1) Dialogue that is unnecessary
Sometimes we want to fill up space, and so we add a bunch of dialogue. That's how we pad our stories and up our word count. But if the dialogue isn't to a point or purpose, it shouldn't be there. Dialogue should either move the plot forward or help build a character. Dialogue shouldn't be the go-to for a higher word count.
2) Dialogue that is stilted
Unless your character is sitting in the dentist's chair, his speech shouldn't be stiff. Unless he's having dinner with the queen, it shouldn't be too formal. Real human speech has a beauty about it, a natural rhythm and flow that can be difficult to capture on the page. But if you succeed in capturing that beauty, you will have written something to be proud of.
3) Dialogue that is always grammatically correct
Like #2, this third sin has to do with missing out on how speech really sounds. People rarely have a conversation in which every sentence is complete and every verb agrees with every subject. If you enjoy grammar (like I tend to), you may try to tweak reality a bit in your written dialogue and create characters that talk the way real people would talk if this were a perfect world. But unless your story takes place in a perfect world with all perfect people (which would probably make for a boring story), you need to have incorrect grammar in your dialogue.
4) Dialogue that is intended to be accurate to a certain time period or region, but is just difficult to understand
It's tempting to try your hand at Old English when your writing historical fiction, and it's tempting to write accents when you've got a German and Russian conversing in English. But unless you really know what you're doing, that dialogue will be confusing, and more often than not, it'll also be incorrect. The German accent you thought you added won't read as "German" for anyone else. The Old English will sound like a Southern drawl. Just comment that the person has an accent and leave the accent itself to the reader's imagination.
5) Dialogue that sounds the same, regardless of the character
You can learn a lot about a person by the way he or she speaks. Does he say "I" all the time? Maybe he's egocentric. Does she apologize a lot? Maybe she has low self-esteem. Is his tone always condescending? Maybe he's a jerk. And on and on it goes. Proper use of dialogue will allow you to build a realistic character and to show the reader different character traits instead of just telling about them. Instead of saying the woman is mousey, show a conversation in which her mousey tendencies are apparent.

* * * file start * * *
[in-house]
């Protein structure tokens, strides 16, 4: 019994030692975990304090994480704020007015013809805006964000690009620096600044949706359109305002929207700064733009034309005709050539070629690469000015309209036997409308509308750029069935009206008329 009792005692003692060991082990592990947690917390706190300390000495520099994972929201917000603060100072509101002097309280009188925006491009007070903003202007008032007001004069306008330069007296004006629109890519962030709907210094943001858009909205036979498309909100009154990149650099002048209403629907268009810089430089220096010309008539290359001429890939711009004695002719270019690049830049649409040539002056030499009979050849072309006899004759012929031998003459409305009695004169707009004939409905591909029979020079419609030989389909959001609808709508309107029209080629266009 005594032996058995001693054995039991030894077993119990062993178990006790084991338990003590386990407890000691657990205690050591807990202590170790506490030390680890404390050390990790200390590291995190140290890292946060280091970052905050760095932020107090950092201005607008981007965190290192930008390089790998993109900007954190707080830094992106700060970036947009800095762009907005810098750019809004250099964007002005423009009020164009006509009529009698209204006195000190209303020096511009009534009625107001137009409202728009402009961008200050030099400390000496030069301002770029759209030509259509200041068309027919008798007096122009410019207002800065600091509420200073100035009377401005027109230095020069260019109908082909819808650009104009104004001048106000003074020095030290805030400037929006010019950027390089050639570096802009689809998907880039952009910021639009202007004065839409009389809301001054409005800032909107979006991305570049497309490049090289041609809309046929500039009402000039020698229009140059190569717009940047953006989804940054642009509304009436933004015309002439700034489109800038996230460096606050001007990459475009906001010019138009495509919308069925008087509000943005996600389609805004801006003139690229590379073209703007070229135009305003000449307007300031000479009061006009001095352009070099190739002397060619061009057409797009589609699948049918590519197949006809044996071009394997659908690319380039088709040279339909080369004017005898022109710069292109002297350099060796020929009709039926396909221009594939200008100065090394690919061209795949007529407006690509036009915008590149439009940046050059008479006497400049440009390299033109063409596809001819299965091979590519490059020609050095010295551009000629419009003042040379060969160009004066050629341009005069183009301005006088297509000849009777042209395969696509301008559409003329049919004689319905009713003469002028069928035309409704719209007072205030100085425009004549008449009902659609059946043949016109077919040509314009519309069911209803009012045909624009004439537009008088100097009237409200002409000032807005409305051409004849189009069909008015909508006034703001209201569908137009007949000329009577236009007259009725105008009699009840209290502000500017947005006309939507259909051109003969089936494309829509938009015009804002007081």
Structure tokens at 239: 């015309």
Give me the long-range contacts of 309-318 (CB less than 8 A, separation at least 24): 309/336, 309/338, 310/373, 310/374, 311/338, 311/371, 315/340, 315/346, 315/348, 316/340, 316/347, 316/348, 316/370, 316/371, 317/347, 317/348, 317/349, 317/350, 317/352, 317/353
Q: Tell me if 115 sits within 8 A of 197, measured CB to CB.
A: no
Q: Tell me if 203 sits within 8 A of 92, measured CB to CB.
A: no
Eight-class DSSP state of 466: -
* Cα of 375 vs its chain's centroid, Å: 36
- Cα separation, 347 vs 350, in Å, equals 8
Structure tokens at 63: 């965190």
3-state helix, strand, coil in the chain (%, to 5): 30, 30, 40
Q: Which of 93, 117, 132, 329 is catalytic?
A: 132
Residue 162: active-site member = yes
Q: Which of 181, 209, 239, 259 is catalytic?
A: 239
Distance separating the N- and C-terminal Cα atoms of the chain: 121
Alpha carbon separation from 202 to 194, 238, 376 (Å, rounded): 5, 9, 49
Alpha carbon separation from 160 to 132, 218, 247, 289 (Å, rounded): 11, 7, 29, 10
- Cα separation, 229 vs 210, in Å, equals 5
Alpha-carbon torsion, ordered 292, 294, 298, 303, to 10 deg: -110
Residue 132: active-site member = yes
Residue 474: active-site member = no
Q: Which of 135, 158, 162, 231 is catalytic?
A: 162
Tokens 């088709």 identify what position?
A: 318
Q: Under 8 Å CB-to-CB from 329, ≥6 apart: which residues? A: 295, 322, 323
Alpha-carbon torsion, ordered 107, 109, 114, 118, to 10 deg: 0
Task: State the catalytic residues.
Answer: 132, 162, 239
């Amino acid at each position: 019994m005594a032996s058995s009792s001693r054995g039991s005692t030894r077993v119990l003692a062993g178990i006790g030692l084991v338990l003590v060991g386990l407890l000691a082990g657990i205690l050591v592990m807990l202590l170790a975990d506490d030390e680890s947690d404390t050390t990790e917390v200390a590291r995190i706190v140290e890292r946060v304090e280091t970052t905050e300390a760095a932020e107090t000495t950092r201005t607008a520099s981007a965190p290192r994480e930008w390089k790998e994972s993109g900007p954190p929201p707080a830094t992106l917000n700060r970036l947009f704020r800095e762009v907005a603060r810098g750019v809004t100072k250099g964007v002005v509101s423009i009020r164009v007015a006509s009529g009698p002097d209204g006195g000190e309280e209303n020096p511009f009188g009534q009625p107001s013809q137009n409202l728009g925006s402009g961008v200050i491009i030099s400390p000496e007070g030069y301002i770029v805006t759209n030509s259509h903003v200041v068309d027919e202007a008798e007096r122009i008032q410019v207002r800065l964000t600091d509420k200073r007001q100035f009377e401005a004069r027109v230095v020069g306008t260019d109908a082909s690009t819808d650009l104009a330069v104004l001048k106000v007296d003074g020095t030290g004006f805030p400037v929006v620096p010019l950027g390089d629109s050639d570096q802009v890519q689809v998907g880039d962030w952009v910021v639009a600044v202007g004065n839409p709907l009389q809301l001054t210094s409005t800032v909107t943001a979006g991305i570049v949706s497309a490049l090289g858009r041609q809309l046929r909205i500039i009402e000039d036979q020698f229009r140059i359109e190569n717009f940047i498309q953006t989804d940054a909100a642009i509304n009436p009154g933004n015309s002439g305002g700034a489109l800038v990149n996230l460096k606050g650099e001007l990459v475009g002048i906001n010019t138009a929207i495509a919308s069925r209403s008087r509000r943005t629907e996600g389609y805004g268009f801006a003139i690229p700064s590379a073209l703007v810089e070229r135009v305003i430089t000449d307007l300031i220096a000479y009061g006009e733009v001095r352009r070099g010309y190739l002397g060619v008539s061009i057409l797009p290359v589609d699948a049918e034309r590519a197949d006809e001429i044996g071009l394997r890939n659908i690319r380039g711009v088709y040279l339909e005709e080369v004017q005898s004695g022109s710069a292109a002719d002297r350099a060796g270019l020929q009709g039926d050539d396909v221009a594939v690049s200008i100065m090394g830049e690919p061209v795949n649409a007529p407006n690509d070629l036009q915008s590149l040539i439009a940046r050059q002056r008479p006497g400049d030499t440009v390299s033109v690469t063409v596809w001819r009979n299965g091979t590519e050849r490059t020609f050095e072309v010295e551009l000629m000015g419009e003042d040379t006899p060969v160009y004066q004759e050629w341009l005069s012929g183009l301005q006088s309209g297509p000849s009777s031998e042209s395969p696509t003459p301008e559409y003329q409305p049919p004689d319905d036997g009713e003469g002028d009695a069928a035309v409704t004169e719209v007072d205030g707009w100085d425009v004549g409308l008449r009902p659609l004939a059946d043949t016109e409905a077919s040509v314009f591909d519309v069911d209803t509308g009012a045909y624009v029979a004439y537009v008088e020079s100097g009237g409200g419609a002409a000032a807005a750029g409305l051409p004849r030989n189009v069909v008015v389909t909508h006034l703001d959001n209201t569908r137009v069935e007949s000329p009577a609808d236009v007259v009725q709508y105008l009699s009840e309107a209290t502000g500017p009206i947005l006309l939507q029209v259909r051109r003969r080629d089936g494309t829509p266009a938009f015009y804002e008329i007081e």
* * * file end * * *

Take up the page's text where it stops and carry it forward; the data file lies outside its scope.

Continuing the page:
6) Dialogue that is tagged too often
When I say, "tags", I mean "he said", "she asked", etc. Using tags too often or using the wrong tags can kill a good conversation. You don't need a tag before or after every line, especially if the conversation only includes two people. We can keep track of a two-person discussion easily with an occasional tag. Also, instead of using tags, consider commenting on something the character is doing. e.g.
Little Molly slammed her hands on the table in a tantrum. "But I want to go the zoo!"
Her mother shook her head. "We can't, honey. Not today."
Okay, so not the best conversation, but it illustrates my point. Instead of using a tag, use an action that will give the reader an even better idea of how the line is delivered. No doubt Little Molly didn't make her demand respectfully.
7) Dialogue that tries to give too much back story
Let's say that you're writing about two female in the ice cream shop. These friends are having a discussion about boys.
Sally swallowed a cold bite of Rocky Road. "Who are you going to prom with?"
Lisa shrugged. "Well, I'll tell you for darn sure that I'm not going with Dillon. As you know, he did break my heart when he cheated on me with Ann last month. As you know, he took her to the same movie I'd wanted to see but he couldn't take me because he claimed to be 'busy'. It turns out they'd been seeing each other for a few months behind my back."
See my problem with this? The information about Dillon may be necessary, but Lisa wouldn't be saying it right now. She probably wouldn't say it all to Sally, since apparently Sally already knows what happened. There are other ways to include back story. Don't be too worried about putting it in all at once. Try to work it into your story in such a way that the reader doesn't feel she's being lectured about character history. Maybe Lisa ought to run into Dillon on the street, and the reader must glean the truth from the conversation that ensues. Maybe Dillon accidentally texts Lisa when he meant to text Ann, and Lisa starts obsessively thinking about the situation.
<b>So, who has an eighth sin to add to the list?</b>